Life and narrative

From Alasdair MacIntyre in After Virtue:

Narrative is not the work of poets, dramatists and novelists reflecting on events which had no narrative order before one was imposed by the singer or the writer; narrative form is neither disguise not decoration. Barbary Hardy has written that ‘we dream in narrative, day-dream in narrative, remember, anticipate, hope, despair, believe, doubt, plan, revise, criticize, construct, gossip, learn, hate and love by narrative.’

This has of course been denied in recent debates. Luis O. Mink, quarrelling with Barabara Hardy’s view, has asserted: ‘Stories are not lived but told. Life has no beginnings, middles or ends; there are meetings, but the start of an affair belongs to the story we tell ourselves later, and there are partings, but final partings only in the story. There are hopes, plans, battles and ideas, but only in retrospective stories are hopes unfulfilled, plans miscarried, battles decisive, and ideas seminal. Only in the story is it America which columbus discovers and only in the story is the kingdom lost for want of a nail.’

MacIntyre agrees with Hardy that we not only understand life through narratives but that life is inherently intelligible and storied. He argues that the elements of narrative are so bound up in life that to separate them out as retrospective impositions is wrong. We hope and plan in the middle of the story, we find things tragic or comic in the middle – how can this identification be made without knowing the end unless narrative is inherent in life? And what would a life stripped of narrative even look like? Can one picture it in a such a way that no narrative cries out for recognition?

I think MacIntyre’s arguments do not justify the full strength of his conclusion. At best he can say that Mink’s position is facile – it may not be logically wrong but it does not account for the complexity of how we experience life. But it strikes me that it is more MacIntyrean not to expect an answer to this question via argument. What is true about life and narrative must be sustainable by actual lived lives. Our belief on the question of life and narrative the quotes above raise must be narrated as well. And which would be more convincing: a life that can coherently trace a narrative of its life intertwined with belief that it inhabited a real (broken, troubled, often incoherent) story all along, or a life that must narrate even the belief it held that all meaning is retrospective as another imposed story? I see a very definite distinction, if I can give no argument for the one over the other.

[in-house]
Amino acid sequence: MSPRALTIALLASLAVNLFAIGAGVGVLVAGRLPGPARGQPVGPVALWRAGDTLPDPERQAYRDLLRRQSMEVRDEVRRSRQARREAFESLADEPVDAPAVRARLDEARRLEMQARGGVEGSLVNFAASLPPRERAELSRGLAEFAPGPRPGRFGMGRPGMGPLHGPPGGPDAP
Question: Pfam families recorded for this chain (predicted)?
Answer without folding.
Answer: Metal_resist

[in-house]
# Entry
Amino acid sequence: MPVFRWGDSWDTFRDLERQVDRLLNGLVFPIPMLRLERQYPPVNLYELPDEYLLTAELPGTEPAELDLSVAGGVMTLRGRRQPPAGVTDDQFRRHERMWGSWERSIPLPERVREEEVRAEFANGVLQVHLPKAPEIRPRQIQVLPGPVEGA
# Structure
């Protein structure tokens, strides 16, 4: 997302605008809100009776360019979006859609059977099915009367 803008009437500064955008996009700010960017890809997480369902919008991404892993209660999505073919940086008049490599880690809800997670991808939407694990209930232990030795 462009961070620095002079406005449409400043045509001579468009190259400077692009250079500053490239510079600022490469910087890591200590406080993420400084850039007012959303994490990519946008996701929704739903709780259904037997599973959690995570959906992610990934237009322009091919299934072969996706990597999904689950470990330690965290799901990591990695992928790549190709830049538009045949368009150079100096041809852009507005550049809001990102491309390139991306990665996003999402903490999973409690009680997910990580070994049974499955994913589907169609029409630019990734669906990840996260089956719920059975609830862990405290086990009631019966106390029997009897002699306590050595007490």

Advertisements

3 Responses to “Life and narrative”


  1. 1 periphery May 2, 2009 at 3:16 pm

    “He argues that the elements of narrative are so bound up in life that to separate them out as retrospective impositions is wrong. We hope and plan in the middle of the story, we find things tragic or comic in the middle – how can this identification be made without knowing the end unless narrative is inherent in life?”

    Why can’t it be both and? We appropriate available cultural models (through which we read our lives as tragic or comic or whatever in the middle of things) and we impose order on the experiences later, shaping the events into neat sparkling nuggets of wisdom? The narrative inherent in the living of a life (“I am hopeless today”) is of a different quality from the narrative of memory (“I squandered my gifts”). Or the daily outworking of a GLBT life versus the coming-out story. There are quotidian stories and there are retrospective stories, and both of them involve distortions, impositions.

  2. 2 withastone May 2, 2009 at 4:27 pm

    Good point. You will get no argument from me, or MacIntyre, there. He is mostly interested in making sure that life as ongoing narrative is not abandoned in favor of an entirely retrospective approach.

    Your comment made me think of this: He’s interested in the moral life as ‘carried’ (or something like that) in narrative. If we’re negotiating between quotidian and retrospective stories and always distorting and imposing, what does this mean about our moral life? Inherently fumbling, tragic imperfect? Always needing revisiting and retelling, never having a final form?


  1. 1 Narrative and accountability « theo-ethical interrogations of a stone Trackback on May 1, 2009 at 7:13 pm

Leave a Reply

Fill in your details below or click an icon to log in:

WordPress.com Logo

You are commenting using your WordPress.com account. Log Out / Change )

Twitter picture

You are commenting using your Twitter account. Log Out / Change )

Facebook photo

You are commenting using your Facebook account. Log Out / Change )

Google+ photo

You are commenting using your Google+ account. Log Out / Change )

Connecting to %s





%d bloggers like this: